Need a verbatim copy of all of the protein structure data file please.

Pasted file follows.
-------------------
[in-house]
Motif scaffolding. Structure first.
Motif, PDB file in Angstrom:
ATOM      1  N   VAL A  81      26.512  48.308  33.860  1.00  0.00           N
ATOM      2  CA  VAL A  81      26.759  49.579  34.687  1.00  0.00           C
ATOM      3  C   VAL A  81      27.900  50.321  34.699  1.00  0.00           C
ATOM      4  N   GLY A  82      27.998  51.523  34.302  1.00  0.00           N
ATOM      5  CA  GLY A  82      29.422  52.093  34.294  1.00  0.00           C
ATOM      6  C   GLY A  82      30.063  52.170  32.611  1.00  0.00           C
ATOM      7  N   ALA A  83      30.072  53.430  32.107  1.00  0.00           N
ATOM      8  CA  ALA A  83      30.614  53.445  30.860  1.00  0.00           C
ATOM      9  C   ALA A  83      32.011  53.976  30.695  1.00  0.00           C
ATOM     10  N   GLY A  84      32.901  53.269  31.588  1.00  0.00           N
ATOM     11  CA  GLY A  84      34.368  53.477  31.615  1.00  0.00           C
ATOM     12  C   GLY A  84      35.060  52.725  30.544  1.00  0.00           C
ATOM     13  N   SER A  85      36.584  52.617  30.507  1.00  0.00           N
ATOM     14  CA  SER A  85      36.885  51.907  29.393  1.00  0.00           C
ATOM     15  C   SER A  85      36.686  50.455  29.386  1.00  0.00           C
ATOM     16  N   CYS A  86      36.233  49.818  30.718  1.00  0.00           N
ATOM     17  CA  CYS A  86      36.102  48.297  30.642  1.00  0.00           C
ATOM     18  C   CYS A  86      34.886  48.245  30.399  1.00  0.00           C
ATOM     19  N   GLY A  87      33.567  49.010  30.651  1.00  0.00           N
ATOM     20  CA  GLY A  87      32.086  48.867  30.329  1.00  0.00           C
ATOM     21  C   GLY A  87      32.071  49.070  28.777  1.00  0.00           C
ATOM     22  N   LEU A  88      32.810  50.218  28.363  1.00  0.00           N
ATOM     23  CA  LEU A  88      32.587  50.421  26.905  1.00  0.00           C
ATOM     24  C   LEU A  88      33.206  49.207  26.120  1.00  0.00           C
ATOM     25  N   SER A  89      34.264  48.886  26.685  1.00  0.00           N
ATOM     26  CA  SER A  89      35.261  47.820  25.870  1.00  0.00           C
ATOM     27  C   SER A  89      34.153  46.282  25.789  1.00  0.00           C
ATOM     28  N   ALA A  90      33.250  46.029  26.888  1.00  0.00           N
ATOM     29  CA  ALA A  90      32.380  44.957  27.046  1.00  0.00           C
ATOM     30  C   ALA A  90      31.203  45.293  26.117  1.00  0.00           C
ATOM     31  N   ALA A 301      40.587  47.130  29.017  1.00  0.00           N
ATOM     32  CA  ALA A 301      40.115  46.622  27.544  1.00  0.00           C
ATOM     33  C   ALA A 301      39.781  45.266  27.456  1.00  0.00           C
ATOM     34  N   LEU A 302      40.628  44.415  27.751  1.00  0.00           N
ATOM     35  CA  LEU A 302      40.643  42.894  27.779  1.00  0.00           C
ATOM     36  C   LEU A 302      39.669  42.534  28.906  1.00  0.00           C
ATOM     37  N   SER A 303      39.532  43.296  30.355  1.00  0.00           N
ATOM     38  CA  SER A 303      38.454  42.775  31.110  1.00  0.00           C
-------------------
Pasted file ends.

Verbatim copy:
[in-house]
Motif scaffolding. Structure first.
Motif, PDB file in Angstrom:
ATOM      1  N   VAL A  81      26.512  48.308  33.860  1.00  0.00           N
ATOM      2  CA  VAL A  81      26.759  49.579  34.687  1.00  0.00           C
ATOM      3  C   VAL A  81      27.900  50.321  34.699  1.00  0.00           C
ATOM      4  N   GLY A  82      27.998  51.523  34.302  1.00  0.00           N
ATOM      5  CA  GLY A  82      29.422  52.093  34.294  1.00  0.00           C
ATOM      6  C   GLY A  82      30.063  52.170  32.611  1.00  0.00           C
ATOM      7  N   ALA A  83      30.072  53.430  32.107  1.00  0.00           N
ATOM      8  CA  ALA A  83      30.614  53.445  30.860  1.00  0.00           C
ATOM      9  C   ALA A  83      32.011  53.976  30.695  1.00  0.00           C
ATOM     10  N   GLY A  84      32.901  53.269  31.588  1.00  0.00           N
ATOM     11  CA  GLY A  84      34.368  53.477  31.615  1.00  0.00           C
ATOM     12  C   GLY A  84      35.060  52.725  30.544  1.00  0.00           C
ATOM     13  N   SER A  85      36.584  52.617  30.507  1.00  0.00           N
ATOM     14  CA  SER A  85      36.885  51.907  29.393  1.00  0.00           C
ATOM     15  C   SER A  85      36.686  50.455  29.386  1.00  0.00           C
ATOM     16  N   CYS A  86      36.233  49.818  30.718  1.00  0.00           N
ATOM     17  CA  CYS A  86      36.102  48.297  30.642  1.00  0.00           C
ATOM     18  C   CYS A  86      34.886  48.245  30.399  1.00  0.00           C
ATOM     19  N   GLY A  87      33.567  49.010  30.651  1.00  0.00           N
ATOM     20  CA  GLY A  87      32.086  48.867  30.329  1.00  0.00           C
ATOM     21  C   GLY A  87      32.071  49.070  28.777  1.00  0.00           C
ATOM     22  N   LEU A  88      32.810  50.218  28.363  1.00  0.00           N
ATOM     23  CA  LEU A  88      32.587  50.421  26.905  1.00  0.00           C
ATOM     24  C   LEU A  88      33.206  49.207  26.120  1.00  0.00           C
ATOM     25  N   SER A  89      34.264  48.886  26.685  1.00  0.00           N
ATOM     26  CA  SER A  89      35.261  47.820  25.870  1.00  0.00           C
ATOM     27  C   SER A  89      34.153  46.282  25.789  1.00  0.00           C
ATOM     28  N   ALA A  90      33.250  46.029  26.888  1.00  0.00           N
ATOM     29  CA  ALA A  90      32.380  44.957  27.046  1.00  0.00           C
ATOM     30  C   ALA A  90      31.203  45.293  26.117  1.00  0.00           C
ATOM     31  N   ALA A 301      40.587  47.130  29.017  1.00  0.00           N
ATOM     32  CA  ALA A 301      40.115  46.622  27.544  1.00  0.00           C
ATOM     33  C   ALA A 301      39.781  45.266  27.456  1.00  0.00           C
ATOM     34  N   LEU A 302      40.628  44.415  27.751  1.00  0.00           N
ATOM     35  CA  LEU A 302      40.643  42.894  27.779  1.00  0.00           C
ATOM     36  C   LEU A 302      39.669  42.534  28.906  1.00  0.00           C
ATOM     37  N   SER A 303      39.532  43.296  30.355  1.00  0.00           N
ATOM     38  CA  SER A 303      38.454  42.775  31.110  1.00  0.00           C